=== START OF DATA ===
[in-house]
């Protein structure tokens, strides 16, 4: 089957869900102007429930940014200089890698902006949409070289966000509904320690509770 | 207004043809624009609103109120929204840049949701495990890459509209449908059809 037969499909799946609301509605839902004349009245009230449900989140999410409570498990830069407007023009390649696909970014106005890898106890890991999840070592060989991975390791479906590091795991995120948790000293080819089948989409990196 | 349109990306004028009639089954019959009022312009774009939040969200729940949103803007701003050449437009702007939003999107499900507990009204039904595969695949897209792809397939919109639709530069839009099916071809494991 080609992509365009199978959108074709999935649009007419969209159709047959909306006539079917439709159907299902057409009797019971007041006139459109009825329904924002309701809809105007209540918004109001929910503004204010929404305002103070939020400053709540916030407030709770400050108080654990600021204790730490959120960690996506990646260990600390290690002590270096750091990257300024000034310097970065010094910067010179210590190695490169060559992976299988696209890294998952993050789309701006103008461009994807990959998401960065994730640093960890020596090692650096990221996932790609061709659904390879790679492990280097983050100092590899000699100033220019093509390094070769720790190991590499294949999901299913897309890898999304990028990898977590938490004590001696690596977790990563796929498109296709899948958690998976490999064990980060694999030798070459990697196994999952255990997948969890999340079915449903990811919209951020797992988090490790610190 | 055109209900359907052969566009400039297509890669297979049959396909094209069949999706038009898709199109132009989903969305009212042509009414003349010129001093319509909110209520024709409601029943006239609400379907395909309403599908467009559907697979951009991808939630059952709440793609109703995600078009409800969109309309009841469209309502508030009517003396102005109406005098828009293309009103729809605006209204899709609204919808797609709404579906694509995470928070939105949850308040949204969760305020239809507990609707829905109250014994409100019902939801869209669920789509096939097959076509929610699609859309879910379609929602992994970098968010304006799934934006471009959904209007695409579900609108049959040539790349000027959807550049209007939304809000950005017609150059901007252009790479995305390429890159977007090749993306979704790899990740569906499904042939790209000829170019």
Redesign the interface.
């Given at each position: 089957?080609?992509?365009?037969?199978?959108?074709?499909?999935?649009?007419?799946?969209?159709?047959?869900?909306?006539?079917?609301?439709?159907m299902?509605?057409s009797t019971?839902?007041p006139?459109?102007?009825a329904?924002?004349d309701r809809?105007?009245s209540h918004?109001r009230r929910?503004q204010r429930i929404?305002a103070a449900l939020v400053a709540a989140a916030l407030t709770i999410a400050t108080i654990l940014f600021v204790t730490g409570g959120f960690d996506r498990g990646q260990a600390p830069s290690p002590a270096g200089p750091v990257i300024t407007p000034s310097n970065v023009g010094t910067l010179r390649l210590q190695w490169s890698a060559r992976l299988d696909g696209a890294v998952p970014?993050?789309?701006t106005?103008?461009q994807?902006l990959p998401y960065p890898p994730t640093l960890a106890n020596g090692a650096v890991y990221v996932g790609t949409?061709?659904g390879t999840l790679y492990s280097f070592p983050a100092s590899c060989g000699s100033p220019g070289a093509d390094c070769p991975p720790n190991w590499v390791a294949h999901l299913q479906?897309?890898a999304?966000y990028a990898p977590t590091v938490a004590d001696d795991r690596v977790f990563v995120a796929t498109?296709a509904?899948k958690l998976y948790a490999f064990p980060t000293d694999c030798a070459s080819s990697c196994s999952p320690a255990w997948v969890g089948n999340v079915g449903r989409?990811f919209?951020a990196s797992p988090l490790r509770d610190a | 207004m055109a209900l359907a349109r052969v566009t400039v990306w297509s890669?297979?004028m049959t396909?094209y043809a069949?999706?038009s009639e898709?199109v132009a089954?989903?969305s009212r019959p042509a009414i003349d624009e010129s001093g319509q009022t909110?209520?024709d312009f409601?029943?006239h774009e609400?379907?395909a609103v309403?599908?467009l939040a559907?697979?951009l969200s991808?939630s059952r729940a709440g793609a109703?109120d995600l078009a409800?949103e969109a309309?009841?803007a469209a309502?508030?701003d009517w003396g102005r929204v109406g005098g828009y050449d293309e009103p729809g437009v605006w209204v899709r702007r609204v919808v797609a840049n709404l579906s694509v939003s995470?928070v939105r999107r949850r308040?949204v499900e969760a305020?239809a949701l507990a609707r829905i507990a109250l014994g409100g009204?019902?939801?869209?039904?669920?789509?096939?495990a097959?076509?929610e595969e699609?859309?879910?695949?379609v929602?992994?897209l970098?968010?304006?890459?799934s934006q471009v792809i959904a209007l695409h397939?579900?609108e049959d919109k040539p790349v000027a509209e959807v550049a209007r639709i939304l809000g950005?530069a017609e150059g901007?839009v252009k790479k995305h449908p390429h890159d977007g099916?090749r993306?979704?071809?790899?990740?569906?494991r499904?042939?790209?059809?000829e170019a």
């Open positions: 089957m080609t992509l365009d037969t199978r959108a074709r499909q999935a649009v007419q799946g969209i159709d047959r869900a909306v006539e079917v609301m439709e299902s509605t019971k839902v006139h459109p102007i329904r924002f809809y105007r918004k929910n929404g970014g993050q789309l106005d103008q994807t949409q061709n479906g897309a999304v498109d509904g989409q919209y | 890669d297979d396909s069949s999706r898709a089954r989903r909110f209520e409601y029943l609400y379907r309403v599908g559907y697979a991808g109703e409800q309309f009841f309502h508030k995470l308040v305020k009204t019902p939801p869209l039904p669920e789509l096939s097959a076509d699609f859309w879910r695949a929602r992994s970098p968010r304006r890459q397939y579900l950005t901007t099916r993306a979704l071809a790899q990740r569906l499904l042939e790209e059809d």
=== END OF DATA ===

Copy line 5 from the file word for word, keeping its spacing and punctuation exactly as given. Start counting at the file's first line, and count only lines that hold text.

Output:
């Open positions: 089957m080609t992509l365009d037969t199978r959108a074709r499909q999935a649009v007419q799946g969209i159709d047959r869900a909306v006539e079917v609301m439709e299902s509605t019971k839902v006139h459109p102007i329904r924002f809809y105007r918004k929910n929404g970014g993050q789309l106005d103008q994807t949409q061709n479906g897309a999304v498109d509904g989409q919209y | 890669d297979d396909s069949s999706r898709a089954r989903r909110f209520e409601y029943l609400y379907r309403v599908g559907y697979a991808g109703e409800q309309f009841f309502h508030k995470l308040v305020k009204t019902p939801p869209l039904p669920e789509l096939s097959a076509d699609f859309w879910r695949a929602r992994s970098p968010r304006r890459q397939y579900l950005t901007t099916r993306a979704l071809a790899q990740r569906l499904l042939e790209e059809d």